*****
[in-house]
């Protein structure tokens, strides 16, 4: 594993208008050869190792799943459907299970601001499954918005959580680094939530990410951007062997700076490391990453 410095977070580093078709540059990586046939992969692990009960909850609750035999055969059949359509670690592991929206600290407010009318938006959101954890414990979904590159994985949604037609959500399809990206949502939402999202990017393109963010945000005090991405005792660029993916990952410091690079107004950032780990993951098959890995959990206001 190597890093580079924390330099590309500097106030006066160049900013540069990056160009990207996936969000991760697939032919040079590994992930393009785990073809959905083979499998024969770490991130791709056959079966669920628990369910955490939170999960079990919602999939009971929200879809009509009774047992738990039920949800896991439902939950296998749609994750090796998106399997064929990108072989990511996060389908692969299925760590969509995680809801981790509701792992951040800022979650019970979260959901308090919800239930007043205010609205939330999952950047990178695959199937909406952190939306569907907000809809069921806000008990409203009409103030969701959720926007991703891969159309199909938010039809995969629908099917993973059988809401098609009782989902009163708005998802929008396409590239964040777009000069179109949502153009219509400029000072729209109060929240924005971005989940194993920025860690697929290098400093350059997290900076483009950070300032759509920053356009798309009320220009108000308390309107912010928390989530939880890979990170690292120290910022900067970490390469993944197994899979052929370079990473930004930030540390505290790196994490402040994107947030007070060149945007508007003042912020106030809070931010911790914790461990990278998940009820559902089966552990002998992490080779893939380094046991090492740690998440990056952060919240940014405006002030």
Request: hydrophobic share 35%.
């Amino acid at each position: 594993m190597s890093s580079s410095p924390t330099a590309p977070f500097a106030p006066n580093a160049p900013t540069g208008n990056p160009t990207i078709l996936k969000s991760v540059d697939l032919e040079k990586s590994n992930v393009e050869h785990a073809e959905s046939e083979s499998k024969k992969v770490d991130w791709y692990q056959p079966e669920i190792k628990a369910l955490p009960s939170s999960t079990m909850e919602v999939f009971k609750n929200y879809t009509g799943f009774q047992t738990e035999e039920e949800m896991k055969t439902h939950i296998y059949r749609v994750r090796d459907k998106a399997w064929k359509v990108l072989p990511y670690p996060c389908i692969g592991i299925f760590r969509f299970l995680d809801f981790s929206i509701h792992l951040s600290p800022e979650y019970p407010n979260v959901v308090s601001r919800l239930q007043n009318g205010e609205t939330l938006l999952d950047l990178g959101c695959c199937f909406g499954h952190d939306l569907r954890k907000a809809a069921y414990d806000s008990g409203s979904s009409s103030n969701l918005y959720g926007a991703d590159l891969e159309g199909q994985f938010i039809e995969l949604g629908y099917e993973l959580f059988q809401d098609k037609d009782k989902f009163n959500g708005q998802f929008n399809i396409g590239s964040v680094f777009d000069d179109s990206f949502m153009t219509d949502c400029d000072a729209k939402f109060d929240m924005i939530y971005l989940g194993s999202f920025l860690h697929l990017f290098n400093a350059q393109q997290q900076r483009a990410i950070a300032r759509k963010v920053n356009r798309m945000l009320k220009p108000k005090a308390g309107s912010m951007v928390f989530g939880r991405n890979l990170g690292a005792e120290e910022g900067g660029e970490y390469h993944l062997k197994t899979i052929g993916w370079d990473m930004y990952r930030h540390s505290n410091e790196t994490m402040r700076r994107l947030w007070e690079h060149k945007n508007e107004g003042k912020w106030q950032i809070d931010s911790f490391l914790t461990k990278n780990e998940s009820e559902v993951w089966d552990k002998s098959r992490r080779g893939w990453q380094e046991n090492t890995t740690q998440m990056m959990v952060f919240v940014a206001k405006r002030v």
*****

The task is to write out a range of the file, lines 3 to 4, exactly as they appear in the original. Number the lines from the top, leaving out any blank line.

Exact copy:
Request: hydrophobic share 35%.
């Amino acid at each position: 594993m190597s890093s580079s410095p924390t330099a590309p977070f500097a106030p006066n580093a160049p900013t540069g208008n990056p160009t990207i078709l996936k969000s991760v540059d697939l032919e040079k990586s590994n992930v393009e050869h785990a073809e959905s046939e083979s499998k024969k992969v770490d991130w791709y692990q056959p079966e669920i190792k628990a369910l955490p009960s939170s999960t079990m909850e919602v999939f009971k609750n929200y879809t009509g799943f009774q047992t738990e035999e039920e949800m896991k055969t439902h939950i296998y059949r749609v994750r090796d459907k998106a399997w064929k359509v990108l072989p990511y670690p996060c389908i692969g592991i299925f760590r969509f299970l995680d809801f981790s929206i509701h792992l951040s600290p800022e979650y019970p407010n979260v959901v308090s601001r919800l239930q007043n009318g205010e609205t939330l938006l999952d950047l990178g959101c695959c199937f909406g499954h952190d939306l569907r954890k907000a809809a069921y414990d806000s008990g409203s979904s009409s103030n969701l918005y959720g926007a991703d590159l891969e159309g199909q994985f938010i039809e995969l949604g629908y099917e993973l959580f059988q809401d098609k037609d009782k989902f009163n959500g708005q998802f929008n399809i396409g590239s964040v680094f777009d000069d179109s990206f949502m153009t219509d949502c400029d000072a729209k939402f109060d929240m924005i939530y971005l989940g194993s999202f920025l860690h697929l990017f290098n400093a350059q393109q997290q900076r483009a990410i950070a300032r759509k963010v920053n356009r798309m945000l009320k220009p108000k005090a308390g309107s912010m951007v928390f989530g939880r991405n890979l990170g690292a005792e120290e910022g900067g660029e970490y390469h993944l062997k197994t899979i052929g993916w370079d990473m930004y990952r930030h540390s505290n410091e790196t994490m402040r700076r994107l947030w007070e690079h060149k945007n508007e107004g003042k912020w106030q950032i809070d931010s911790f490391l914790t461990k990278n780990e998940s009820e559902v993951w089966d552990k002998s098959r992490r080779g893939w990453q380094e046991n090492t890995t740690q998440m990056m959990v952060f919240v940014a206001k405006r002030v």